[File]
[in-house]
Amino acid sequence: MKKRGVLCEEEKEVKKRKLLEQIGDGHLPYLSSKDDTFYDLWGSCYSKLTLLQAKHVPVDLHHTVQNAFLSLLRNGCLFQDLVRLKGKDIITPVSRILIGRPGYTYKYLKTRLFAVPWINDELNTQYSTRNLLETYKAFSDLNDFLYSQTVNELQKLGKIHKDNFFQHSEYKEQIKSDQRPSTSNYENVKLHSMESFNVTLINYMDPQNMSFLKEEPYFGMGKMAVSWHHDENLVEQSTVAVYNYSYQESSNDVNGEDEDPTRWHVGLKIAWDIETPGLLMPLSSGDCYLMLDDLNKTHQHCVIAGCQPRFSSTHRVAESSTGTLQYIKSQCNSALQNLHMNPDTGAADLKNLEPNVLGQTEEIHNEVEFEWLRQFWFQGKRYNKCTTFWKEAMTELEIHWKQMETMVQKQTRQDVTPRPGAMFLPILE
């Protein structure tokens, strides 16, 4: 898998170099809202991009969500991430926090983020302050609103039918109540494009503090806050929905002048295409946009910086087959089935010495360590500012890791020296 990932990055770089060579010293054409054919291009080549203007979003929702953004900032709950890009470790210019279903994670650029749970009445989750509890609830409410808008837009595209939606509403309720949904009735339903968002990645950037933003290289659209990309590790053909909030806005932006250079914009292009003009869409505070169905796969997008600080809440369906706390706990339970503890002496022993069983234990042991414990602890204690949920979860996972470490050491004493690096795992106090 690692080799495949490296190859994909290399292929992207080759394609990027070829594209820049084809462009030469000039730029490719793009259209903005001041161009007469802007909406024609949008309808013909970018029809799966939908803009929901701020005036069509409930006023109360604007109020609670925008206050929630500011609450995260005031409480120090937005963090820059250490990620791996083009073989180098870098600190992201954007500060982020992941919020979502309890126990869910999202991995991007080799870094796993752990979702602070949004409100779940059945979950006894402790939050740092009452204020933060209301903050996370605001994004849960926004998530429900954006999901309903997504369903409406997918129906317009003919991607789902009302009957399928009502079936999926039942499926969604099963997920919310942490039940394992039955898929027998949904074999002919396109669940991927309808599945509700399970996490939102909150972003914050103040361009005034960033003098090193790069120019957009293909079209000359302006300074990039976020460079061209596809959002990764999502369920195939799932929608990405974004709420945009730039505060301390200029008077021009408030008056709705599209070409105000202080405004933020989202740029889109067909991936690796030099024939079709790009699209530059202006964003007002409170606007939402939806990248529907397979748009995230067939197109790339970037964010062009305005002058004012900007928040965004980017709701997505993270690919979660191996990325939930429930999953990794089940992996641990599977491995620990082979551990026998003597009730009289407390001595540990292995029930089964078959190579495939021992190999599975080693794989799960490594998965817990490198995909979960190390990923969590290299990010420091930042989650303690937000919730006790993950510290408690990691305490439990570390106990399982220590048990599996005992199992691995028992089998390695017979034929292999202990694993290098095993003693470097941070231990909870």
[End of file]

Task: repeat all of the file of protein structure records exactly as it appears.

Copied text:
[in-house]
Amino acid sequence: MKKRGVLCEEEKEVKKRKLLEQIGDGHLPYLSSKDDTFYDLWGSCYSKLTLLQAKHVPVDLHHTVQNAFLSLLRNGCLFQDLVRLKGKDIITPVSRILIGRPGYTYKYLKTRLFAVPWINDELNTQYSTRNLLETYKAFSDLNDFLYSQTVNELQKLGKIHKDNFFQHSEYKEQIKSDQRPSTSNYENVKLHSMESFNVTLINYMDPQNMSFLKEEPYFGMGKMAVSWHHDENLVEQSTVAVYNYSYQESSNDVNGEDEDPTRWHVGLKIAWDIETPGLLMPLSSGDCYLMLDDLNKTHQHCVIAGCQPRFSSTHRVAESSTGTLQYIKSQCNSALQNLHMNPDTGAADLKNLEPNVLGQTEEIHNEVEFEWLRQFWFQGKRYNKCTTFWKEAMTELEIHWKQMETMVQKQTRQDVTPRPGAMFLPILE
């Protein structure tokens, strides 16, 4: 898998170099809202991009969500991430926090983020302050609103039918109540494009503090806050929905002048295409946009910086087959089935010495360590500012890791020296 990932990055770089060579010293054409054919291009080549203007979003929702953004900032709950890009470790210019279903994670650029749970009445989750509890609830409410808008837009595209939606509403309720949904009735339903968002990645950037933003290289659209990309590790053909909030806005932006250079914009292009003009869409505070169905796969997008600080809440369906706390706990339970503890002496022993069983234990042991414990602890204690949920979860996972470490050491004493690096795992106090 690692080799495949490296190859994909290399292929992207080759394609990027070829594209820049084809462009030469000039730029490719793009259209903005001041161009007469802007909406024609949008309808013909970018029809799966939908803009929901701020005036069509409930006023109360604007109020609670925008206050929630500011609450995260005031409480120090937005963090820059250490990620791996083009073989180098870098600190992201954007500060982020992941919020979502309890126990869910999202991995991007080799870094796993752990979702602070949004409100779940059945979950006894402790939050740092009452204020933060209301903050996370605001994004849960926004998530429900954006999901309903997504369903409406997918129906317009003919991607789902009302009957399928009502079936999926039942499926969604099963997920919310942490039940394992039955898929027998949904074999002919396109669940991927309808599945509700399970996490939102909150972003914050103040361009005034960033003098090193790069120019957009293909079209000359302006300074990039976020460079061209596809959002990764999502369920195939799932929608990405974004709420945009730039505060301390200029008077021009408030008056709705599209070409105000202080405004933020989202740029889109067909991936690796030099024939079709790009699209530059202006964003007002409170606007939402939806990248529907397979748009995230067939197109790339970037964010062009305005002058004012900007928040965004980017709701997505993270690919979660191996990325939930429930999953990794089940992996641990599977491995620990082979551990026998003597009730009289407390001595540990292995029930089964078959190579495939021992190999599975080693794989799960490594998965817990490198995909979960190390990923969590290299990010420091930042989650303690937000919730006790993950510290408690990691305490439990570390106990399982220590048990599996005992199992691995028992089998390695017979034929292999202990694993290098095993003693470097941070231990909870």